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As chairman of the Jewish council, Czerniaków had to administer the soon-to-be established ghetto and to implement German orders.
On November 23, 1939, German civilian occupation authorities required Warsaw's Jews to identify themselves by wearing white armbands with a blue Star of David.
On April 19, 1943, a new SS and police force appeared outside the ghetto walls, intending to liquidate the ghetto and deport the remaining inhabitants to the forced labor camps in Lublin district.
The ghetto inhabitants offered organized resistance in the first days of the operation, inflicting casualties on the well-armed and equipped SS and police units.
Czerniaków wrote in his diary entry for May 8, 1941: “Children starving to death.” Between 1940 and mid-1942, 83,000 Jews died of starvation and disease.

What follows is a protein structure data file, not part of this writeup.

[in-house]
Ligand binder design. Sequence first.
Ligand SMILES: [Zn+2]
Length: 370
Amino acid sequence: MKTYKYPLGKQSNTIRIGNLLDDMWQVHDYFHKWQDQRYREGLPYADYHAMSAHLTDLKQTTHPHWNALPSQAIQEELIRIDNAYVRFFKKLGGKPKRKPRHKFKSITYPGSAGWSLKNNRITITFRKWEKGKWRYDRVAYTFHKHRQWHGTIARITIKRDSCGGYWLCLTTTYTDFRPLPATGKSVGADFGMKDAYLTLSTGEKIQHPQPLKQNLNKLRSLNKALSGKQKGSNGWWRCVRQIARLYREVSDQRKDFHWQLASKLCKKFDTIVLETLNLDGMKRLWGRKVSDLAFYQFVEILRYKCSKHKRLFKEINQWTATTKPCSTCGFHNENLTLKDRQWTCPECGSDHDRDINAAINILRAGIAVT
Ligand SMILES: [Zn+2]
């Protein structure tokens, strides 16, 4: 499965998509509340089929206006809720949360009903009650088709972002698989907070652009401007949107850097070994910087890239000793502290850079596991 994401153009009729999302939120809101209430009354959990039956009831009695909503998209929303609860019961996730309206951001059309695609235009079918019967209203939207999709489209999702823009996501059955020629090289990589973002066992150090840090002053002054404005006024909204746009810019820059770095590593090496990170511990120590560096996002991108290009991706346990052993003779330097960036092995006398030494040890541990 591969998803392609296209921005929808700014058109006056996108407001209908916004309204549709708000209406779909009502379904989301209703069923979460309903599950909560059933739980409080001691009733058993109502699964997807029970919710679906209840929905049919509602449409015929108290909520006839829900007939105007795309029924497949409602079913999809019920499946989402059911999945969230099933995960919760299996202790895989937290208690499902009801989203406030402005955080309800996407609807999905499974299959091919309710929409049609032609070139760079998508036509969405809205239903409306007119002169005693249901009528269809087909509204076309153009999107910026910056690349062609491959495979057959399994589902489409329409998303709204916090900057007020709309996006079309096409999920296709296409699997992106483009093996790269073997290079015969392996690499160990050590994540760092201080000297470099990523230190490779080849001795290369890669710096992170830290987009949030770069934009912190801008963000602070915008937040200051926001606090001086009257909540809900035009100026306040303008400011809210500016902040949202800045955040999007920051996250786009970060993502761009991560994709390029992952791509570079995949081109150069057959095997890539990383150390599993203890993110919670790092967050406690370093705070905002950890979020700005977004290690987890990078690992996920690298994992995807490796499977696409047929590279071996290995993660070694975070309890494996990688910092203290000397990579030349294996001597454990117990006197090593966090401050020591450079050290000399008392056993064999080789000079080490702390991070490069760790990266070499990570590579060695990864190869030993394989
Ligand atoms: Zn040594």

Widespread smuggling of food and medicines into the ghetto supplemented the miserable official allotments and kept the death rate from increasing still further.
The Warsaw Jewish community was the largest in both Poland and Europe, and was the second largest in the world, second only to New York City.
Following the German invasion of Poland on September 1, 1939, Warsaw suffered heavy air attacks and artillery bombardment.
This time, however, many of the Jews, understandably believing that the SS and police would deport them to the Treblinka killing center, resisted deportation, some of them using small arms smuggled into the ghetto.